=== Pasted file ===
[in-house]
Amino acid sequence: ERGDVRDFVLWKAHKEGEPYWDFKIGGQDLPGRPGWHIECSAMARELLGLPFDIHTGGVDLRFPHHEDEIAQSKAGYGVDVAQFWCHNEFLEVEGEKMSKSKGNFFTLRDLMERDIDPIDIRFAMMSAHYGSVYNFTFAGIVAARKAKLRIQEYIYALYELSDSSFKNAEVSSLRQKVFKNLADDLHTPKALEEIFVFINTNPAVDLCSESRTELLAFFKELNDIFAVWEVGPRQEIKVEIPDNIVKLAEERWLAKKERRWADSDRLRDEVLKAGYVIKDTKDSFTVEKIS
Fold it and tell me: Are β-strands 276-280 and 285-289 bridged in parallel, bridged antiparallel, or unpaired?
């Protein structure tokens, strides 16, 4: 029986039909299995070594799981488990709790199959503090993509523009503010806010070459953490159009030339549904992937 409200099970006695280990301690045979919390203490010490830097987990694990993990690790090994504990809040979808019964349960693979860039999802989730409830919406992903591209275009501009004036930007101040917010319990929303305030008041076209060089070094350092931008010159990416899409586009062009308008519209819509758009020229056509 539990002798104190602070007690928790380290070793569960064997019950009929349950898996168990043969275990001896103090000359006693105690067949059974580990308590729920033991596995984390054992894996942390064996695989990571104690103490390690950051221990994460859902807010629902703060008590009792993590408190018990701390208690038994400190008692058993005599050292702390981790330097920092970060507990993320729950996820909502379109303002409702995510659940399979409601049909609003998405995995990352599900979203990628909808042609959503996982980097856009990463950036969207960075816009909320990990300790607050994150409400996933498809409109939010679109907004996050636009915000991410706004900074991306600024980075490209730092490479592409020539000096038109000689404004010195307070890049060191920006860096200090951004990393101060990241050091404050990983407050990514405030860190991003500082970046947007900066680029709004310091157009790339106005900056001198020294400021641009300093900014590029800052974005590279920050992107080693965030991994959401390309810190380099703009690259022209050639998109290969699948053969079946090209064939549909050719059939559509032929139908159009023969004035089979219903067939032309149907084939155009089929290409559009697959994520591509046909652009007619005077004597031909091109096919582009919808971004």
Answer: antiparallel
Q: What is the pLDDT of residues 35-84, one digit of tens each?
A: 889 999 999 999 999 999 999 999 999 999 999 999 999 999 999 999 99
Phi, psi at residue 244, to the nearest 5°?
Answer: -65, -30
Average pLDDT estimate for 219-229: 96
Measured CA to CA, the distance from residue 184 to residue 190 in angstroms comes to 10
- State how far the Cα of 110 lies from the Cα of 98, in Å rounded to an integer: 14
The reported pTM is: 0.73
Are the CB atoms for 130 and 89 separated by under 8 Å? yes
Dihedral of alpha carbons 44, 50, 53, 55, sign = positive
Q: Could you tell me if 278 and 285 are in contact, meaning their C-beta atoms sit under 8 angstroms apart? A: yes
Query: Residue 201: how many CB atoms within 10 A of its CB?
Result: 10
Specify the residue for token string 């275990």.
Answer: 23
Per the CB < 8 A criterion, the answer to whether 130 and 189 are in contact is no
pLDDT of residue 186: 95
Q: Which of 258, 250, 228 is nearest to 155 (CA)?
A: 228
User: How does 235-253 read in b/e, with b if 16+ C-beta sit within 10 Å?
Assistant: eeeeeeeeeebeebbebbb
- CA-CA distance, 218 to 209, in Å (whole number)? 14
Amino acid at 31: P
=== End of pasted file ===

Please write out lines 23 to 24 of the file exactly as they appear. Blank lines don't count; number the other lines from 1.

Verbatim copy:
Q: Which of 258, 250, 228 is nearest to 155 (CA)?
A: 228